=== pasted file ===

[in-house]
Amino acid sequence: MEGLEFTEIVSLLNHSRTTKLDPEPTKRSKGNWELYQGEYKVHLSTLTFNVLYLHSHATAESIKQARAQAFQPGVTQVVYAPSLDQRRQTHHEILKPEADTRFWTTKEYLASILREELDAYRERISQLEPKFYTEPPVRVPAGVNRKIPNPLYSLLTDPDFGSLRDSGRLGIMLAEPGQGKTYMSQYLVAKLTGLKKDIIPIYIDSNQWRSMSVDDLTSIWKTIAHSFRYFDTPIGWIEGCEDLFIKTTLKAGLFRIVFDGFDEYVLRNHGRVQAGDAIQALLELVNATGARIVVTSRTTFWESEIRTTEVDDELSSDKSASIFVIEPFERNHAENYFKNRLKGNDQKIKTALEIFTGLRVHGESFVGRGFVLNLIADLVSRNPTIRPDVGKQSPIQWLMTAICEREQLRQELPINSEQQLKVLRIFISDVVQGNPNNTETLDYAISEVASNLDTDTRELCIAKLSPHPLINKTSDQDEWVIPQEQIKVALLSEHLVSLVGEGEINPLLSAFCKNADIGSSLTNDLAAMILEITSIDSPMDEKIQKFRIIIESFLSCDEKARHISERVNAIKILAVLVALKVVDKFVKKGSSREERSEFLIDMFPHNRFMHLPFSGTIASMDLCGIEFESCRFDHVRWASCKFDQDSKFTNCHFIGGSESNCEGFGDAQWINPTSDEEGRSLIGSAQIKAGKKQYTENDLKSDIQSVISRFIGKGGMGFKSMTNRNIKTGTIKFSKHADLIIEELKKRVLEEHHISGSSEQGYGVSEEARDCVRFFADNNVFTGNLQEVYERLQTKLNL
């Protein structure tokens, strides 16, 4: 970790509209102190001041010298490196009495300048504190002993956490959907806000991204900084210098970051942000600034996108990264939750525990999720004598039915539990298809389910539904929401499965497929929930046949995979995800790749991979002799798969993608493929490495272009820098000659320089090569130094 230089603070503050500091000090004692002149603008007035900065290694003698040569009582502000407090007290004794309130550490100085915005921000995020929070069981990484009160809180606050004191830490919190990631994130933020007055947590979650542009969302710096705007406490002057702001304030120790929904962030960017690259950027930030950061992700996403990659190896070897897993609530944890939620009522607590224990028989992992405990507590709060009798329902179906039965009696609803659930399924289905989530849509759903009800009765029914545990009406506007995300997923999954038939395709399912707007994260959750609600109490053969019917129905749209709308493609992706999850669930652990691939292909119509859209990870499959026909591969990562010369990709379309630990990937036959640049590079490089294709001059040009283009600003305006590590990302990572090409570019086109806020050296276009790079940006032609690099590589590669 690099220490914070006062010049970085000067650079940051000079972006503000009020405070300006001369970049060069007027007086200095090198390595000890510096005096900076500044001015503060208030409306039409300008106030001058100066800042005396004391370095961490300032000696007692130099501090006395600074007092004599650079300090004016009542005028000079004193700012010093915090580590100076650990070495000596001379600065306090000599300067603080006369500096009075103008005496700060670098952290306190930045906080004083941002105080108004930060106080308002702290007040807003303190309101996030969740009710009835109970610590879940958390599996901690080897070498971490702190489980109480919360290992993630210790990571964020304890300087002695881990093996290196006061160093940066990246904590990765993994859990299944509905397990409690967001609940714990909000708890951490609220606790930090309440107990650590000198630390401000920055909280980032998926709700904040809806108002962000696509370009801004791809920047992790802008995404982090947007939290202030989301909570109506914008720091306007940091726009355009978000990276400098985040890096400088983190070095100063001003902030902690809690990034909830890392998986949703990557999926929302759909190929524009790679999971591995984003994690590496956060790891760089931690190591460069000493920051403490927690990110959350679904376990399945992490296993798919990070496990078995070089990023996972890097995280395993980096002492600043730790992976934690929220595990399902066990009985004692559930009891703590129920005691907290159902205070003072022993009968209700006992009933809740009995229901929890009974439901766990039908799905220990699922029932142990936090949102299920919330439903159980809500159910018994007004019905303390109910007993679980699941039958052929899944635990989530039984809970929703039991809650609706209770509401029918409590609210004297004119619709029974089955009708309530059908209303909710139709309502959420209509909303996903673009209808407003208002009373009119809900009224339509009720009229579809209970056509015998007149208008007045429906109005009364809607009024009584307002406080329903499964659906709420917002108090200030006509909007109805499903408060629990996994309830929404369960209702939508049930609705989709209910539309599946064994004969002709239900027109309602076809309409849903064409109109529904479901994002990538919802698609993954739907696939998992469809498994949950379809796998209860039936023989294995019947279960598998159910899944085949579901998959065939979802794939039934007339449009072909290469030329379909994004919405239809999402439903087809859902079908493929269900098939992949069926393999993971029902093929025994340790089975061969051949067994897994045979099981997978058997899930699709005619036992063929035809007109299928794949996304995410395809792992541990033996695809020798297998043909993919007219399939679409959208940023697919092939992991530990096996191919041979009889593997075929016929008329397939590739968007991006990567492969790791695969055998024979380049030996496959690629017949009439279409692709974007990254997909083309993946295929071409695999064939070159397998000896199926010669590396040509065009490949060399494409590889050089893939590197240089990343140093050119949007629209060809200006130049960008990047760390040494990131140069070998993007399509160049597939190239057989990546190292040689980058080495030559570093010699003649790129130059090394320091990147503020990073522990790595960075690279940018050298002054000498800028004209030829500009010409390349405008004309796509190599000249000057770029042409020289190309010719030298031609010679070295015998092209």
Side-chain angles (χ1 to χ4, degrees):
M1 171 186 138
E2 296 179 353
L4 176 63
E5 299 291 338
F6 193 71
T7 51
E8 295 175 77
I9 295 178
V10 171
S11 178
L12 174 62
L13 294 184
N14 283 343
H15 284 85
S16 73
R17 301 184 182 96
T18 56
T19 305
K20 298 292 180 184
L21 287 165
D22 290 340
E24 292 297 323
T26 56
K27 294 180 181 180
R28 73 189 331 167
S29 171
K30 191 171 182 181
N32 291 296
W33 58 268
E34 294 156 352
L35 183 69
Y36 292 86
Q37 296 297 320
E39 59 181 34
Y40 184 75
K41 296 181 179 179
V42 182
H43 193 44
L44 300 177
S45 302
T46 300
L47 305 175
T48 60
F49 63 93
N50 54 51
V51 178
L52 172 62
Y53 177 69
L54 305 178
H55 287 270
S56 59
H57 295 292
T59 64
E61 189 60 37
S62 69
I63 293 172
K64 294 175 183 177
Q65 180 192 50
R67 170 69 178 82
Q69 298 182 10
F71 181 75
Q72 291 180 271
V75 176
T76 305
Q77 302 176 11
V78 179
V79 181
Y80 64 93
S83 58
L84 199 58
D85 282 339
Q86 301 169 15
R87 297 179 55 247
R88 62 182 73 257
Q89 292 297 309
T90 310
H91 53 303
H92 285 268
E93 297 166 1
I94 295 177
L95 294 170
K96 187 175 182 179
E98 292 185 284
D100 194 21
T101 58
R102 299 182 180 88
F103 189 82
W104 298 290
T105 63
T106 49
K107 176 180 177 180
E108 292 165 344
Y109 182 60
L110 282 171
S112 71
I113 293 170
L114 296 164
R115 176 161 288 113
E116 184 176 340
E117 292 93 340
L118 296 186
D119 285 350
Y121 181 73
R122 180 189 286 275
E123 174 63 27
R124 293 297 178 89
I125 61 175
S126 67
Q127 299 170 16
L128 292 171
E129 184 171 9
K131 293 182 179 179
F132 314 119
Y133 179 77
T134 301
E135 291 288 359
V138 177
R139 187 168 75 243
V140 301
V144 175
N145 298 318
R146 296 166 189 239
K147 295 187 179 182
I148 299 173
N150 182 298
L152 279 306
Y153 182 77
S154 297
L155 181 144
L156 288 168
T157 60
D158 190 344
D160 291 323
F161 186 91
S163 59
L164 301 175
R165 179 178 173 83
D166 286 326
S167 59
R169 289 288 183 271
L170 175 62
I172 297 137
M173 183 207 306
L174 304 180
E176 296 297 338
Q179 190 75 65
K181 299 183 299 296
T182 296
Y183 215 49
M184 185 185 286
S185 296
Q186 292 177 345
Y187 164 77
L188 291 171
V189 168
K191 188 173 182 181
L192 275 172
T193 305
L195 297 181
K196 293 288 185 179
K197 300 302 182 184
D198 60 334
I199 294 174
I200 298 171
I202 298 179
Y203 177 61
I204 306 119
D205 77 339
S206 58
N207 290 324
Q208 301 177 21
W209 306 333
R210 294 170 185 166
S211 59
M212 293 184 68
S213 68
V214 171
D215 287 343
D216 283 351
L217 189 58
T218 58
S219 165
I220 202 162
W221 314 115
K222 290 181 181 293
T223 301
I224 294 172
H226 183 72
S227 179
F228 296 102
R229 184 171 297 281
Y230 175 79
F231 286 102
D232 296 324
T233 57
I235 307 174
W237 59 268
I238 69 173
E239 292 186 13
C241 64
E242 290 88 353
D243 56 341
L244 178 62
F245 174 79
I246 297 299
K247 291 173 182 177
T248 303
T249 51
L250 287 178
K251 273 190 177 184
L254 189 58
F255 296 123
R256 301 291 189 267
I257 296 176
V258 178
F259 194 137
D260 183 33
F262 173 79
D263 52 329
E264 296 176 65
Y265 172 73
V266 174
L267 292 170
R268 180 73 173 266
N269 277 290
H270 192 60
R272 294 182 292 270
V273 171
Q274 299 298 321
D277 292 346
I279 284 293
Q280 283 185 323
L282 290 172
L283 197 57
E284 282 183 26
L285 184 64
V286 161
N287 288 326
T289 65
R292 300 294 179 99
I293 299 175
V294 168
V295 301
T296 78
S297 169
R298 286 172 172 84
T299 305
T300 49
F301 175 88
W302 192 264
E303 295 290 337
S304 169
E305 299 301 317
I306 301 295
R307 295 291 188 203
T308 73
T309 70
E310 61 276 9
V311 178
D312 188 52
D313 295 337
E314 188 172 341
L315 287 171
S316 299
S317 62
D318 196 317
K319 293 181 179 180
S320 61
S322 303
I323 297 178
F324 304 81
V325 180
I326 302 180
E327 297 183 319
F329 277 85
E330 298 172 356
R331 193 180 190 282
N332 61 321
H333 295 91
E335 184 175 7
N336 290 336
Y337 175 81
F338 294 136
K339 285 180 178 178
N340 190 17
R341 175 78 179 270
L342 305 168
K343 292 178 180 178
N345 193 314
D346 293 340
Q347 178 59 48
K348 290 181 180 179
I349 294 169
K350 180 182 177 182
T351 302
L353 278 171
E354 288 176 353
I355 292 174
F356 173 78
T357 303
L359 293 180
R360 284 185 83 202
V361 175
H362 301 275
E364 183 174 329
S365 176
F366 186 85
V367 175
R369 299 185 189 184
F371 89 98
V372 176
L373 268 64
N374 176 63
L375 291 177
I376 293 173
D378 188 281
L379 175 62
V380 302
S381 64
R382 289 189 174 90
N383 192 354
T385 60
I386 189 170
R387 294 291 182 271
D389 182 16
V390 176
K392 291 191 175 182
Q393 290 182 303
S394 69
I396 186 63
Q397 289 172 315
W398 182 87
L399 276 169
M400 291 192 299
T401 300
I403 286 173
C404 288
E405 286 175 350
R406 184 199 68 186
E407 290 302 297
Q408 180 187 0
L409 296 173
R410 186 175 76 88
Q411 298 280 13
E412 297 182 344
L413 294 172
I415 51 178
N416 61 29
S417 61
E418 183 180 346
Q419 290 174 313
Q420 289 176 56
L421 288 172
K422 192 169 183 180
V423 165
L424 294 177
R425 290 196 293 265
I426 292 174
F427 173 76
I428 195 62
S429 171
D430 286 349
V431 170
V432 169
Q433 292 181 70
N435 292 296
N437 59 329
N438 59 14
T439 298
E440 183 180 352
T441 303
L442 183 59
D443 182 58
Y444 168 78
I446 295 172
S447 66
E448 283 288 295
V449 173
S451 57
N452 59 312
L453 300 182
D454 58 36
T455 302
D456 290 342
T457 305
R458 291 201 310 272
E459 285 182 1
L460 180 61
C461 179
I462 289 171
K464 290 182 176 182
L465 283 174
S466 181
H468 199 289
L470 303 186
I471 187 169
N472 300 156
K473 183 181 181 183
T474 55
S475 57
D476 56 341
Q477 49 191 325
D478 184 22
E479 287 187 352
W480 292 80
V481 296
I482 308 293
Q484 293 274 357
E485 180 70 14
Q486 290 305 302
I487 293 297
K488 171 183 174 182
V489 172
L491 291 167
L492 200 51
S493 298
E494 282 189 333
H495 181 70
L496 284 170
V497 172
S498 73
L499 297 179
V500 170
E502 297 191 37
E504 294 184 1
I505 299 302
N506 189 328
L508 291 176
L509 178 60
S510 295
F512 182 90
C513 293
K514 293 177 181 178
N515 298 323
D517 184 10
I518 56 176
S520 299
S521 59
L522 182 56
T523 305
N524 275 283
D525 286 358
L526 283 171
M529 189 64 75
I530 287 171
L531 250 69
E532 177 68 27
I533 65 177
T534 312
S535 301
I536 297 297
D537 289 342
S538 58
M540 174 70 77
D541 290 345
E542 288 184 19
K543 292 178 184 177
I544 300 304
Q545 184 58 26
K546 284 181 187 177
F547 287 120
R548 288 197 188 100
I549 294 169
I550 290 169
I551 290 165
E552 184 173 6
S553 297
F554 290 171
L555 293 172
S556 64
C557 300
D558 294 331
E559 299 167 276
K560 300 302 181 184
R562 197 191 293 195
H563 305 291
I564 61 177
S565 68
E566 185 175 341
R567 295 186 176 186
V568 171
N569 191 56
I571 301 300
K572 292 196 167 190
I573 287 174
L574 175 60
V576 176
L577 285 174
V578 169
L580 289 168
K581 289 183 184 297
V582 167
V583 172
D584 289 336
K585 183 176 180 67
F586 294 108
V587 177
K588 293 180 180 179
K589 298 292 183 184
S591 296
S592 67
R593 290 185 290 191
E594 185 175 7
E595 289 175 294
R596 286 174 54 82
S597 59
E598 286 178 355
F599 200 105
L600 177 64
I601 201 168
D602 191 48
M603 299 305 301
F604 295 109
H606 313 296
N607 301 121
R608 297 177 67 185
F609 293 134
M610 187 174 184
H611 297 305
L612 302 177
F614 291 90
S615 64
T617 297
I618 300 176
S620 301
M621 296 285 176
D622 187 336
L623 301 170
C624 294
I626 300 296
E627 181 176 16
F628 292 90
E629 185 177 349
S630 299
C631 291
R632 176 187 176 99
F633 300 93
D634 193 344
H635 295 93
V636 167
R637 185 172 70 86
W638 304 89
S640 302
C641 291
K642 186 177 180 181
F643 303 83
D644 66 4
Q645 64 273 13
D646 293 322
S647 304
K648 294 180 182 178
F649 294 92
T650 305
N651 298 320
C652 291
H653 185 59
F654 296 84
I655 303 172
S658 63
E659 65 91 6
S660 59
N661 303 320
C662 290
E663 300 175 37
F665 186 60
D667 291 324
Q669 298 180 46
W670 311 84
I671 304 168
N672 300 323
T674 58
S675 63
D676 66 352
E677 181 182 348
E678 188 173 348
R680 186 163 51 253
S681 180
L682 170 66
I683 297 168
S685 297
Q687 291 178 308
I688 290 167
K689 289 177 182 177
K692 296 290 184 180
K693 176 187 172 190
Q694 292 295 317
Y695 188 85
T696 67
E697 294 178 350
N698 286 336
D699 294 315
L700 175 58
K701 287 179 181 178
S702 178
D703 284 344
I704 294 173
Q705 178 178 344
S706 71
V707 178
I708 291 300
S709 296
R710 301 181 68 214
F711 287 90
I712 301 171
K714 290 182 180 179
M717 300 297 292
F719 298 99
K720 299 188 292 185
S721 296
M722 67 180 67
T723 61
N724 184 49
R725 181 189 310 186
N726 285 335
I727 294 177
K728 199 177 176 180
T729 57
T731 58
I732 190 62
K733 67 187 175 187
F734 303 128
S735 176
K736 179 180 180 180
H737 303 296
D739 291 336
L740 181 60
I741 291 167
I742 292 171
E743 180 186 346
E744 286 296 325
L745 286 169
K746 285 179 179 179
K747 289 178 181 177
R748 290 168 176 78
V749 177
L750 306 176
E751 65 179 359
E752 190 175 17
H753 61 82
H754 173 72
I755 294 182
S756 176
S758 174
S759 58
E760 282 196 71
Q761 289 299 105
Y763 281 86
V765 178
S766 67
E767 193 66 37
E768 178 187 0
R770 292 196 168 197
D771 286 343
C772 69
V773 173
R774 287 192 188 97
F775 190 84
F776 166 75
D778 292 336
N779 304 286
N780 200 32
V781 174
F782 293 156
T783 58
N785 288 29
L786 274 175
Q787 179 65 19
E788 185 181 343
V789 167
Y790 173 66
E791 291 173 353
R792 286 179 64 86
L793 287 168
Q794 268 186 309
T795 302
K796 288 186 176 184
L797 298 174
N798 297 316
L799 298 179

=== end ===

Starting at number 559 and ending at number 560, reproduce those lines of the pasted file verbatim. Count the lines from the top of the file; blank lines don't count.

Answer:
C652 291
H653 185 59